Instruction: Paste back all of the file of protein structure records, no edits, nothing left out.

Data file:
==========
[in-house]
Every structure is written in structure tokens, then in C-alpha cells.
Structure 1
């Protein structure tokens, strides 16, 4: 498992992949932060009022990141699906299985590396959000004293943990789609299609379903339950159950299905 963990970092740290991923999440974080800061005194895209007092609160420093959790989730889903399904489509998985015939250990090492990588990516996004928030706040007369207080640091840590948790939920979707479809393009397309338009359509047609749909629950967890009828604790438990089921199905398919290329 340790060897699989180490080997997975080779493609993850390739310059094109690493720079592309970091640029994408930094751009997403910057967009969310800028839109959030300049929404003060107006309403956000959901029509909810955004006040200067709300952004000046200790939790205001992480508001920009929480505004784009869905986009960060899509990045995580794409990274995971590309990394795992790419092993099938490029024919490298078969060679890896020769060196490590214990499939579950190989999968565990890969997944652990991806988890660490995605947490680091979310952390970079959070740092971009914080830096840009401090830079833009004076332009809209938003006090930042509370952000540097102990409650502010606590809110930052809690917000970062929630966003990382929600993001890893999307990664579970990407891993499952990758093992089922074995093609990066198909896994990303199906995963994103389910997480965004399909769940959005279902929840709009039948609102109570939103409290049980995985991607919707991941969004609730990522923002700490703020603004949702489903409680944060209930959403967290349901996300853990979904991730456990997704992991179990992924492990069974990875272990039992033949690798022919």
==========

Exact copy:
[in-house]
Every structure is written in structure tokens, then in C-alpha cells.
Structure 1
């Protein structure tokens, strides 16, 4: 498992992949932060009022990141699906299985590396959000004293943990789609299609379903339950159950299905 963990970092740290991923999440974080800061005194895209007092609160420093959790989730889903399904489509998985015939250990090492990588990516996004928030706040007369207080640091840590948790939920979707479809393009397309338009359509047609749909629950967890009828604790438990089921199905398919290329 340790060897699989180490080997997975080779493609993850390739310059094109690493720079592309970091640029994408930094751009997403910057967009969310800028839109959030300049929404003060107006309403956000959901029509909810955004006040200067709300952004000046200790939790205001992480508001920009929480505004784009869905986009960060899509990045995580794409990274995971590309990394795992790419092993099938490029024919490298078969060679890896020769060196490590214990499939579950190989999968565990890969997944652990991806988890660490995605947490680091979310952390970079959070740092971009914080830096840009401090830079833009004076332009809209938003006090930042509370952000540097102990409650502010606590809110930052809690917000970062929630966003990382929600993001890893999307990664579970990407891993499952990758093992089922074995093609990066198909896994990303199906995963994103389910997480965004399909769940959005279902929840709009039948609102109570939103409290049980995985991607919707991941969004609730990522923002700490703020603004949702489903409680944060209930959403967290349901996300853990979904991730456990997704992991179990992924492990069974990875272990039992033949690798022919």